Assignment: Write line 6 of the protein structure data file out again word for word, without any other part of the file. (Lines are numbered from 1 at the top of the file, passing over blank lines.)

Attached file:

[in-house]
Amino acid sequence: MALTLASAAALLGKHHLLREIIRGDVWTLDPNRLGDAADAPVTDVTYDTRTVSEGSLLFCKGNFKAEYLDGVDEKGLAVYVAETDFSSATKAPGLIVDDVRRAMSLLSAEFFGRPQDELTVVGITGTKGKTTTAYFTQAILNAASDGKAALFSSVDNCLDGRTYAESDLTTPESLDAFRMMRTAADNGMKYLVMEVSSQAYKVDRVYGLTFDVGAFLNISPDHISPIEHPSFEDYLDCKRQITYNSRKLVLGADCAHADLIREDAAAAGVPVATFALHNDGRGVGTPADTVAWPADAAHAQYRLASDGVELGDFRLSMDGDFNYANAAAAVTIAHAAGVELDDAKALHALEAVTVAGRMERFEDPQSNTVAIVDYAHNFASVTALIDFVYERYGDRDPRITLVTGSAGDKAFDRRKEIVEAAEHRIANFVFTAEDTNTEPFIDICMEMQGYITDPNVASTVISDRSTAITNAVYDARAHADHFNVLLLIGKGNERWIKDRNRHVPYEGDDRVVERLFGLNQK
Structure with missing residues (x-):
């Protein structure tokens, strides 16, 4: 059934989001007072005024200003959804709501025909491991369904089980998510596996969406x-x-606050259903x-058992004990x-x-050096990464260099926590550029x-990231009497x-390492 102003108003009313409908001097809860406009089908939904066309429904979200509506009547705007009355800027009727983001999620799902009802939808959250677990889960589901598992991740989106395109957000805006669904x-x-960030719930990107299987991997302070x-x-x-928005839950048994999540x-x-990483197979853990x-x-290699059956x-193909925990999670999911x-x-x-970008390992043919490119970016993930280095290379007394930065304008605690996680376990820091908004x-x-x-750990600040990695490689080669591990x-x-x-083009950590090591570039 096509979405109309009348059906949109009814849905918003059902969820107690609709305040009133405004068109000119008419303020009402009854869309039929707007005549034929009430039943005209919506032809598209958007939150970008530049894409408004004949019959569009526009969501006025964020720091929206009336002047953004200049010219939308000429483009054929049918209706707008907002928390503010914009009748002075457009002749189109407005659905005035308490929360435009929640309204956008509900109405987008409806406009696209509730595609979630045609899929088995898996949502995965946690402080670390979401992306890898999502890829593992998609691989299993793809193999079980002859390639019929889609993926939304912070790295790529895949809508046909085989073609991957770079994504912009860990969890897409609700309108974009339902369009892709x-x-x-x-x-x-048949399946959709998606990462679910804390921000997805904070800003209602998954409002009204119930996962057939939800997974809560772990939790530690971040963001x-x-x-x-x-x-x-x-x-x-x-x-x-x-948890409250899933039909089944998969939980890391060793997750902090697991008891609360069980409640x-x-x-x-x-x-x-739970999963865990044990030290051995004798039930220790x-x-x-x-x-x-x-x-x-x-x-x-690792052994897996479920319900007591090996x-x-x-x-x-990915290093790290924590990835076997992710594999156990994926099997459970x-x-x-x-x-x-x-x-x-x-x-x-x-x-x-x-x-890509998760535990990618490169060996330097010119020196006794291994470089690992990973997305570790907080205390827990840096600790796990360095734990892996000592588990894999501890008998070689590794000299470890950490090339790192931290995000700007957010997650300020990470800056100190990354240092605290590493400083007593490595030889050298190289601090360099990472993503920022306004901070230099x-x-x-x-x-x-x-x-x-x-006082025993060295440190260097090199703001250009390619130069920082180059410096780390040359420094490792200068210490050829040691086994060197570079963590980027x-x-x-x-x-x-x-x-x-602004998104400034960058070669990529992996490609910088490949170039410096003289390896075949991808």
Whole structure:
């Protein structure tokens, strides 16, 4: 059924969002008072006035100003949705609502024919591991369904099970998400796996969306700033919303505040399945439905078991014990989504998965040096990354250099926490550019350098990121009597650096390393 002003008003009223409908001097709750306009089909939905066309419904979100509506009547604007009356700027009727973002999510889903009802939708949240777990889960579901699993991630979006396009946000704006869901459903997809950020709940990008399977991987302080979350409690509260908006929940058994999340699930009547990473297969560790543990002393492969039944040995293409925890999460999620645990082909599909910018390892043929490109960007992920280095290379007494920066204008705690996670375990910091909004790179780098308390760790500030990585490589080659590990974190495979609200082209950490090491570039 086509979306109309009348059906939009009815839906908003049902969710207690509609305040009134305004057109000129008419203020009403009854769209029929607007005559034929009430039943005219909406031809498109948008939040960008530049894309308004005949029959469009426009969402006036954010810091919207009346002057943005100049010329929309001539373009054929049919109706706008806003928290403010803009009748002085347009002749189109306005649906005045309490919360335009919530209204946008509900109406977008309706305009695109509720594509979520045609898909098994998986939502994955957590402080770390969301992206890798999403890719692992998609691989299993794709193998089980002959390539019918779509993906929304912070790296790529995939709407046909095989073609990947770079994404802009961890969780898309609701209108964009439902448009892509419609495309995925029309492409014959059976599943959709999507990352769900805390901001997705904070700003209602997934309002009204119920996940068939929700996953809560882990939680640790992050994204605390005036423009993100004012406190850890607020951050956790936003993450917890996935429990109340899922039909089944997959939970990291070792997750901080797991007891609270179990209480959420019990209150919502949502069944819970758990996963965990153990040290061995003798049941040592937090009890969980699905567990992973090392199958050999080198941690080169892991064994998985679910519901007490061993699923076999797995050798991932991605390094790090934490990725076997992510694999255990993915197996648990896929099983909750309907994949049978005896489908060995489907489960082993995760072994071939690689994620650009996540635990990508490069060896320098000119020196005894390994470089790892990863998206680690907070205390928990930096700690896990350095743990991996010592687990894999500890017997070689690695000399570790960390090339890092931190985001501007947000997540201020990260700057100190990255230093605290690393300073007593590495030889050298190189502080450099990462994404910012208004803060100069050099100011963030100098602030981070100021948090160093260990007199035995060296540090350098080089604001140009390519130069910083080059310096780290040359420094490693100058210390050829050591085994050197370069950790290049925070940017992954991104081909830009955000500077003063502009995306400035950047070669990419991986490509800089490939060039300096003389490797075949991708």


């Protein structure tokens, strides 16, 4: 059924969002008072006035100003949705609502024919591991369904099970998400796996969306700033919303505040399945439905078991014990989504998965040096990354250099926490550019350098990121009597650096390393 002003008003009223409908001097709750306009089909939905066309419904979100509506009547604007009356700027009727973002999510889903009802939708949240777990889960579901699993991630979006396009946000704006869901459903997809950020709940990008399977991987302080979350409690509260908006929940058994999340699930009547990473297969560790543990002393492969039944040995293409925890999460999620645990082909599909910018390892043929490109960007992920280095290379007494920066204008705690996670375990910091909004790179780098308390760790500030990585490589080659590990974190495979609200082209950490090491570039 086509979306109309009348059906939009009815839906908003049902969710207690509609305040009134305004057109000129008419203020009403009854769209029929607007005559034929009430039943005219909406031809498109948008939040960008530049894309308004005949029959469009426009969402006036954010810091919207009346002057943005100049010329929309001539373009054929049919109706706008806003928290403010803009009748002085347009002749189109306005649906005045309490919360335009919530209204946008509900109406977008309706305009695109509720594509979520045609898909098994998986939502994955957590402080770390969301992206890798999403890719692992998609691989299993794709193998089980002959390539019918779509993906929304912070790296790529995939709407046909095989073609990947770079994404802009961890969780898309609701209108964009439902448009892509419609495309995925029309492409014959059976599943959709999507990352769900805390901001997705904070700003209602997934309002009204119920996940068939929700996953809560882990939680640790992050994204605390005036423009993100004012406190850890607020951050956790936003993450917890996935429990109340899922039909089944997959939970990291070792997750901080797991007891609270179990209480959420019990209150919502949502069944819970758990996963965990153990040290061995003798049941040592937090009890969980699905567990992973090392199958050999080198941690080169892991064994998985679910519901007490061993699923076999797995050798991932991605390094790090934490990725076997992510694999255990993915197996648990896929099983909750309907994949049978005896489908060995489907489960082993995760072994071939690689994620650009996540635990990508490069060896320098000119020196005894390994470089790892990863998206680690907070205390928990930096700690896990350095743990991996010592687990894999500890017997070689690695000399570790960390090339890092931190985001501007947000997540201020990260700057100190990255230093605290690393300073007593590495030889050298190189502080450099990462994404910012208004803060100069050099100011963030100098602030981070100021948090160093260990007199035995060296540090350098080089604001140009390519130069910083080059310096780290040359420094490693100058210390050829050591085994050197370069950790290049925070940017992954991104081909830009955000500077003063502009995306400035950047070669990419991986490509800089490939060039300096003389490797075949991708």